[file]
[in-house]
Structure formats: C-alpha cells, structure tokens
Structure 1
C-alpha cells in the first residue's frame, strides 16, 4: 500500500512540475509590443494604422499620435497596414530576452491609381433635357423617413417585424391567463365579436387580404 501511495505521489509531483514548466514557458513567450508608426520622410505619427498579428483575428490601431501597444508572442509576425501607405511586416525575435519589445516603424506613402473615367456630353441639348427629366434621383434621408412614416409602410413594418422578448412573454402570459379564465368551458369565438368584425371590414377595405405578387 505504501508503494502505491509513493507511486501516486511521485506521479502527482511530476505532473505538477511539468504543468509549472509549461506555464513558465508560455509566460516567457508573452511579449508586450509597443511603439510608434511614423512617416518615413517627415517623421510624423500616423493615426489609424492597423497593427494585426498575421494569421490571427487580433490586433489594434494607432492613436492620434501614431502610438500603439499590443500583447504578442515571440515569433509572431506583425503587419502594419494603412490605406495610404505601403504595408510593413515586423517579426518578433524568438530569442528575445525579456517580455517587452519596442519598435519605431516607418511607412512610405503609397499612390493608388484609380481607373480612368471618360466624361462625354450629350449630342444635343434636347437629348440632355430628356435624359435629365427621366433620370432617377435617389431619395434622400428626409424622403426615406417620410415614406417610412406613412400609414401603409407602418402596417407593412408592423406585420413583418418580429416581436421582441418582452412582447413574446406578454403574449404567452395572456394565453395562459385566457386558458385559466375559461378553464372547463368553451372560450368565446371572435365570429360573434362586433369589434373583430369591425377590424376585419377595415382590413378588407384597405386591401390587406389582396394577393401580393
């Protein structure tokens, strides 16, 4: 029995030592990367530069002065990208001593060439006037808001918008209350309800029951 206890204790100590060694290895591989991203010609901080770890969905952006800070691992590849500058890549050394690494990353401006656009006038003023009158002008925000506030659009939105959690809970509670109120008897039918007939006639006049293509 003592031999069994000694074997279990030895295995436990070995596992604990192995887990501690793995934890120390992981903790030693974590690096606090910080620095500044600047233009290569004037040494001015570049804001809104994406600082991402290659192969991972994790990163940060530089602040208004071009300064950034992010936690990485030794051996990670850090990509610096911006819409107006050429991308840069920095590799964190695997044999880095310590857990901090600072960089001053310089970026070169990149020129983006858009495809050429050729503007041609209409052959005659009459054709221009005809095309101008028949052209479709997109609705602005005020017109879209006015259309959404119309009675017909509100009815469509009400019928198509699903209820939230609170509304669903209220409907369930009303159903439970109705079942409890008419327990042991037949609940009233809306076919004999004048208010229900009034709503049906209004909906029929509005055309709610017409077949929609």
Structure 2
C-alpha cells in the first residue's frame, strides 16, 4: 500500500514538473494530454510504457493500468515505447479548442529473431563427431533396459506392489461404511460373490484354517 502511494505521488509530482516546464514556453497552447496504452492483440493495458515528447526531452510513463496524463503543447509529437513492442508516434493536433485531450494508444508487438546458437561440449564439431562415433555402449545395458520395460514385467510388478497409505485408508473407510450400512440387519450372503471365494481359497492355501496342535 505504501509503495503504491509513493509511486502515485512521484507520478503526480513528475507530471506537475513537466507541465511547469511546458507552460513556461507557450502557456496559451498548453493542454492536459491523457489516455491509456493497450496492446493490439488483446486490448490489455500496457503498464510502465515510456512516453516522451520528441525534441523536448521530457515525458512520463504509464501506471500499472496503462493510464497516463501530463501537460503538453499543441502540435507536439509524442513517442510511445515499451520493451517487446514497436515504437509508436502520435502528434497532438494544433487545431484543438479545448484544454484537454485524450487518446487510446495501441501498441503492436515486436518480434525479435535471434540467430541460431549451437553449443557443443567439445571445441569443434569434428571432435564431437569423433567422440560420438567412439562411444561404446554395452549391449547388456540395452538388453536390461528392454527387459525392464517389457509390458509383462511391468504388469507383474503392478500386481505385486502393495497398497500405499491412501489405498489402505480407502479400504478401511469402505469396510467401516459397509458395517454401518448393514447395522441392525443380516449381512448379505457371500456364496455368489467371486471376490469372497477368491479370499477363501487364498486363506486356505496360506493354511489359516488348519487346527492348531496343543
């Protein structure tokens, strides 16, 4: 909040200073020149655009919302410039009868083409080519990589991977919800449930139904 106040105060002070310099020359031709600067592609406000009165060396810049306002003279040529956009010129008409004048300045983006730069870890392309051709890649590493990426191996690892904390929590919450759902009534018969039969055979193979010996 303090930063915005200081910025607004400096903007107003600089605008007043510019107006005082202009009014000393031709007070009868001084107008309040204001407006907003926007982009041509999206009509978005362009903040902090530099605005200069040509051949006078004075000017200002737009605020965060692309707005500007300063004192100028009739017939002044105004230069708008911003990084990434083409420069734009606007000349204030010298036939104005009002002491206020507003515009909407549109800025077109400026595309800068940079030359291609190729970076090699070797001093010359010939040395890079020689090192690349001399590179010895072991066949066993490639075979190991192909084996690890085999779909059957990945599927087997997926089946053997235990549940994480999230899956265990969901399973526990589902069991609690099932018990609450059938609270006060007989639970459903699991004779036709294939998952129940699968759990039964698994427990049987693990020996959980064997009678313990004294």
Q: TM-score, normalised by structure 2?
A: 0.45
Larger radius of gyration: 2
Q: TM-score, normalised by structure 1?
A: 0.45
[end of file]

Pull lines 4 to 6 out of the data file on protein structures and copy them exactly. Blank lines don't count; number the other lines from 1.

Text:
C-alpha cells in the first residue's frame, strides 16, 4: 500500500512540475509590443494604422499620435497596414530576452491609381433635357423617413417585424391567463365579436387580404 501511495505521489509531483514548466514557458513567450508608426520622410505619427498579428483575428490601431501597444508572442509576425501607405511586416525575435519589445516603424506613402473615367456630353441639348427629366434621383434621408412614416409602410413594418422578448412573454402570459379564465368551458369565438368584425371590414377595405405578387 505504501508503494502505491509513493507511486501516486511521485506521479502527482511530476505532473505538477511539468504543468509549472509549461506555464513558465508560455509566460516567457508573452511579449508586450509597443511603439510608434511614423512617416518615413517627415517623421510624423500616423493615426489609424492597423497593427494585426498575421494569421490571427487580433490586433489594434494607432492613436492620434501614431502610438500603439499590443500583447504578442515571440515569433509572431506583425503587419502594419494603412490605406495610404505601403504595408510593413515586423517579426518578433524568438530569442528575445525579456517580455517587452519596442519598435519605431516607418511607412512610405503609397499612390493608388484609380481607373480612368471618360466624361462625354450629350449630342444635343434636347437629348440632355430628356435624359435629365427621366433620370432617377435617389431619395434622400428626409424622403426615406417620410415614406417610412406613412400609414401603409407602418402596417407593412408592423406585420413583418418580429416581436421582441418582452412582447413574446406578454403574449404567452395572456394565453395562459385566457386558458385559466375559461378553464372547463368553451372560450368565446371572435365570429360573434362586433369589434373583430369591425377590424376585419377595415382590413378588407384597405386591401390587406389582396394577393401580393
């Protein structure tokens, strides 16, 4: 029995030592990367530069002065990208001593060439006037808001918008209350309800029951 206890204790100590060694290895591989991203010609901080770890969905952006800070691992590849500058890549050394690494990353401006656009006038003023009158002008925000506030659009939105959690809970509670109120008897039918007939006639006049293509 003592031999069994000694074997279990030895295995436990070995596992604990192995887990501690793995934890120390992981903790030693974590690096606090910080620095500044600047233009290569004037040494001015570049804001809104994406600082991402290659192969991972994790990163940060530089602040208004071009300064950034992010936690990485030794051996990670850090990509610096911006819409107006050429991308840069920095590799964190695997044999880095310590857990901090600072960089001053310089970026070169990149020129983006858009495809050429050729503007041609209409052959005659009459054709221009005809095309101008028949052209479709997109609705602005005020017109879209006015259309959404119309009675017909509100009815469509009400019928198509699903209820939230609170509304669903209220409907369930009303159903439970109705079942409890008419327990042991037949609940009233809306076919004999004048208010229900009034709503049906209004909906029929509005055309709610017409077949929609």
Structure 2